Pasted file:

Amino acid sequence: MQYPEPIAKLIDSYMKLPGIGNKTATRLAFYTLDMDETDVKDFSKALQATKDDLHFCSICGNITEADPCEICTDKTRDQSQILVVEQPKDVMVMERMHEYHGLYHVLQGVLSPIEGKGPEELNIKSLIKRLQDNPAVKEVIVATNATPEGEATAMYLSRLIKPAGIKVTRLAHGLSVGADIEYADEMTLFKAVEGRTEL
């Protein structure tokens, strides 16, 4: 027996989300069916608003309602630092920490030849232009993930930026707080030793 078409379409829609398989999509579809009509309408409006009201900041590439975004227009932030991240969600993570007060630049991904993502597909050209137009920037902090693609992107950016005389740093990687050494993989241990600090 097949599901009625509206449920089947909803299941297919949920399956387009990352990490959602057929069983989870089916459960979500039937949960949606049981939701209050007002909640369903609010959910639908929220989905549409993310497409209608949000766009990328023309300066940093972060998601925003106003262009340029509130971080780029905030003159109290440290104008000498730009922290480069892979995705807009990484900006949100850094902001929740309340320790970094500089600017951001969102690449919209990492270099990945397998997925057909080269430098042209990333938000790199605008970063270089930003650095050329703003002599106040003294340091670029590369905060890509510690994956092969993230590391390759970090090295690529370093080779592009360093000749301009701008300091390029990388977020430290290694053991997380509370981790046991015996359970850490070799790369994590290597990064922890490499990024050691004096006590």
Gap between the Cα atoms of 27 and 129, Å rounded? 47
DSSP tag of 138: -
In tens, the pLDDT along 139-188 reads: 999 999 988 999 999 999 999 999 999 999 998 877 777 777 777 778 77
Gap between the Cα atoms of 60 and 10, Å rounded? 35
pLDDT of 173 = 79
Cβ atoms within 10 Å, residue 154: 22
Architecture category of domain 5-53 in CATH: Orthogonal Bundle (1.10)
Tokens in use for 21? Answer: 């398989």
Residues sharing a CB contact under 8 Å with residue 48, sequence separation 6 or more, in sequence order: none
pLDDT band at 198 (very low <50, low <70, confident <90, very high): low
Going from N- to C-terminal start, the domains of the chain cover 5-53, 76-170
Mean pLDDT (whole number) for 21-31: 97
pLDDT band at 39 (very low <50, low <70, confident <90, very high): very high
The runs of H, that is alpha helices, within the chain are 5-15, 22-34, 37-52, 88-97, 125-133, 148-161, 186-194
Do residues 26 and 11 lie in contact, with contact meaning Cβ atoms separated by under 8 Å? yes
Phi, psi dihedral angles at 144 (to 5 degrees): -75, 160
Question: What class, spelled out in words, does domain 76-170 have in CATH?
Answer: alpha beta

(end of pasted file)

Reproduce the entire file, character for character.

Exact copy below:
Amino acid sequence: MQYPEPIAKLIDSYMKLPGIGNKTATRLAFYTLDMDETDVKDFSKALQATKDDLHFCSICGNITEADPCEICTDKTRDQSQILVVEQPKDVMVMERMHEYHGLYHVLQGVLSPIEGKGPEELNIKSLIKRLQDNPAVKEVIVATNATPEGEATAMYLSRLIKPAGIKVTRLAHGLSVGADIEYADEMTLFKAVEGRTEL
């Protein structure tokens, strides 16, 4: 027996989300069916608003309602630092920490030849232009993930930026707080030793 078409379409829609398989999509579809009509309408409006009201900041590439975004227009932030991240969600993570007060630049991904993502597909050209137009920037902090693609992107950016005389740093990687050494993989241990600090 097949599901009625509206449920089947909803299941297919949920399956387009990352990490959602057929069983989870089916459960979500039937949960949606049981939701209050007002909640369903609010959910639908929220989905549409993310497409209608949000766009990328023309300066940093972060998601925003106003262009340029509130971080780029905030003159109290440290104008000498730009922290480069892979995705807009990484900006949100850094902001929740309340320790970094500089600017951001969102690449919209990492270099990945397998997925057909080269430098042209990333938000790199605008970063270089930003650095050329703003002599106040003294340091670029590369905060890509510690994956092969993230590391390759970090090295690529370093080779592009360093000749301009701008300091390029990388977020430290290694053991997380509370981790046991015996359970850490070799790369994590290597990064922890490499990024050691004096006590």
Gap between the Cα atoms of 27 and 129, Å rounded? 47
DSSP tag of 138: -
In tens, the pLDDT along 139-188 reads: 999 999 988 999 999 999 999 999 999 999 998 877 777 777 777 778 77
Gap between the Cα atoms of 60 and 10, Å rounded? 35
pLDDT of 173 = 79
Cβ atoms within 10 Å, residue 154: 22
Architecture category of domain 5-53 in CATH: Orthogonal Bundle (1.10)
Tokens in use for 21? Answer: 């398989």
Residues sharing a CB contact under 8 Å with residue 48, sequence separation 6 or more, in sequence order: none
pLDDT band at 198 (very low <50, low <70, confident <90, very high): low
Going from N- to C-terminal start, the domains of the chain cover 5-53, 76-170
Mean pLDDT (whole number) for 21-31: 97
pLDDT band at 39 (very low <50, low <70, confident <90, very high): very high
The runs of H, that is alpha helices, within the chain are 5-15, 22-34, 37-52, 88-97, 125-133, 148-161, 186-194
Do residues 26 and 11 lie in contact, with contact meaning Cβ atoms separated by under 8 Å? yes
Phi, psi dihedral angles at 144 (to 5 degrees): -75, 160
Question: What class, spelled out in words, does domain 76-170 have in CATH?
Answer: alpha beta